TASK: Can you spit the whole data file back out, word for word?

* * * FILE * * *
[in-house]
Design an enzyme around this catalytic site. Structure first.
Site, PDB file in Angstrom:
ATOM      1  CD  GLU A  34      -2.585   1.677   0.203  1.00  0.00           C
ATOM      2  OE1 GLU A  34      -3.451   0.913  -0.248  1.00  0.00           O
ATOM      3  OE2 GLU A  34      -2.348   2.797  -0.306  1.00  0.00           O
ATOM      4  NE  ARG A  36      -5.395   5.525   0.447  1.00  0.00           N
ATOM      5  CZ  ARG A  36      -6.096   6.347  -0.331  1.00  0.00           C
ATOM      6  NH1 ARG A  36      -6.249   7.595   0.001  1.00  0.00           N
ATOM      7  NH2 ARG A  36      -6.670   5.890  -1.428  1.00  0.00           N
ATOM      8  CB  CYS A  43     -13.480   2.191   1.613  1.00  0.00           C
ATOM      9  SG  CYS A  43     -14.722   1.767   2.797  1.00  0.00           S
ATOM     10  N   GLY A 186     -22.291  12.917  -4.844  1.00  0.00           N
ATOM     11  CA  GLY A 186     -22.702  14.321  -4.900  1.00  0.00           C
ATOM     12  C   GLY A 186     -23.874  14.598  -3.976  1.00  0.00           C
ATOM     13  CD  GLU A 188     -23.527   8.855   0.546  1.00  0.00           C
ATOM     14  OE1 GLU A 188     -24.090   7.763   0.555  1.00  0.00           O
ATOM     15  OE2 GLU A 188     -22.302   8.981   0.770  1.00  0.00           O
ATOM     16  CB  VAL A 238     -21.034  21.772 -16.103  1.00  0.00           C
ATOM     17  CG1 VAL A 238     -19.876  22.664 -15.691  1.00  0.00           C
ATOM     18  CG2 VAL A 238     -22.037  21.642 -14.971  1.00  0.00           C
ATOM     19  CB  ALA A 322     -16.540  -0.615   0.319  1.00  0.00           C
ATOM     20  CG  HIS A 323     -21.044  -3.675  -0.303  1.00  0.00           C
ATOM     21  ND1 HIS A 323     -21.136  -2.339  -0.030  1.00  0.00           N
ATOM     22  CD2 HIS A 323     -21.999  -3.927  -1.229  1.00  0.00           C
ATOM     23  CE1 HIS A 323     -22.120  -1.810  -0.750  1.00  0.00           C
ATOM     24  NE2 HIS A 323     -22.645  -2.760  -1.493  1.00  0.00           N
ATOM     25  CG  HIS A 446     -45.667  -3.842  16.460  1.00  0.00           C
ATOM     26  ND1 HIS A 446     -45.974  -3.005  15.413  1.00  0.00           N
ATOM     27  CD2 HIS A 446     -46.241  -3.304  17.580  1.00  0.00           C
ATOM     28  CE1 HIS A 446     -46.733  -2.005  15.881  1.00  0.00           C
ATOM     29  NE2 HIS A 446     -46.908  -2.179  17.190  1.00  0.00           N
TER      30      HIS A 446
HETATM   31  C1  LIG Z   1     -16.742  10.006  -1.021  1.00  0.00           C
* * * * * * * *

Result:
[in-house]
Design an enzyme around this catalytic site. Structure first.
Site, PDB file in Angstrom:
ATOM      1  CD  GLU A  34      -2.585   1.677   0.203  1.00  0.00           C
ATOM      2  OE1 GLU A  34      -3.451   0.913  -0.248  1.00  0.00           O
ATOM      3  OE2 GLU A  34      -2.348   2.797  -0.306  1.00  0.00           O
ATOM      4  NE  ARG A  36      -5.395   5.525   0.447  1.00  0.00           N
ATOM      5  CZ  ARG A  36      -6.096   6.347  -0.331  1.00  0.00           C
ATOM      6  NH1 ARG A  36      -6.249   7.595   0.001  1.00  0.00           N
ATOM      7  NH2 ARG A  36      -6.670   5.890  -1.428  1.00  0.00           N
ATOM      8  CB  CYS A  43     -13.480   2.191   1.613  1.00  0.00           C
ATOM      9  SG  CYS A  43     -14.722   1.767   2.797  1.00  0.00           S
ATOM     10  N   GLY A 186     -22.291  12.917  -4.844  1.00  0.00           N
ATOM     11  CA  GLY A 186     -22.702  14.321  -4.900  1.00  0.00           C
ATOM     12  C   GLY A 186     -23.874  14.598  -3.976  1.00  0.00           C
ATOM     13  CD  GLU A 188     -23.527   8.855   0.546  1.00  0.00           C
ATOM     14  OE1 GLU A 188     -24.090   7.763   0.555  1.00  0.00           O
ATOM     15  OE2 GLU A 188     -22.302   8.981   0.770  1.00  0.00           O
ATOM     16  CB  VAL A 238     -21.034  21.772 -16.103  1.00  0.00           C
ATOM     17  CG1 VAL A 238     -19.876  22.664 -15.691  1.00  0.00           C
ATOM     18  CG2 VAL A 238     -22.037  21.642 -14.971  1.00  0.00           C
ATOM     19  CB  ALA A 322     -16.540  -0.615   0.319  1.00  0.00           C
ATOM     20  CG  HIS A 323     -21.044  -3.675  -0.303  1.00  0.00           C
ATOM     21  ND1 HIS A 323     -21.136  -2.339  -0.030  1.00  0.00           N
ATOM     22  CD2 HIS A 323     -21.999  -3.927  -1.229  1.00  0.00           C
ATOM     23  CE1 HIS A 323     -22.120  -1.810  -0.750  1.00  0.00           C
ATOM     24  NE2 HIS A 323     -22.645  -2.760  -1.493  1.00  0.00           N
ATOM     25  CG  HIS A 446     -45.667  -3.842  16.460  1.00  0.00           C
ATOM     26  ND1 HIS A 446     -45.974  -3.005  15.413  1.00  0.00           N
ATOM     27  CD2 HIS A 446     -46.241  -3.304  17.580  1.00  0.00           C
ATOM     28  CE1 HIS A 446     -46.733  -2.005  15.881  1.00  0.00           C
ATOM     29  NE2 HIS A 446     -46.908  -2.179  17.190  1.00  0.00           N
TER      30      HIS A 446
HETATM   31  C1  LIG Z   1     -16.742  10.006  -1.021  1.00  0.00           C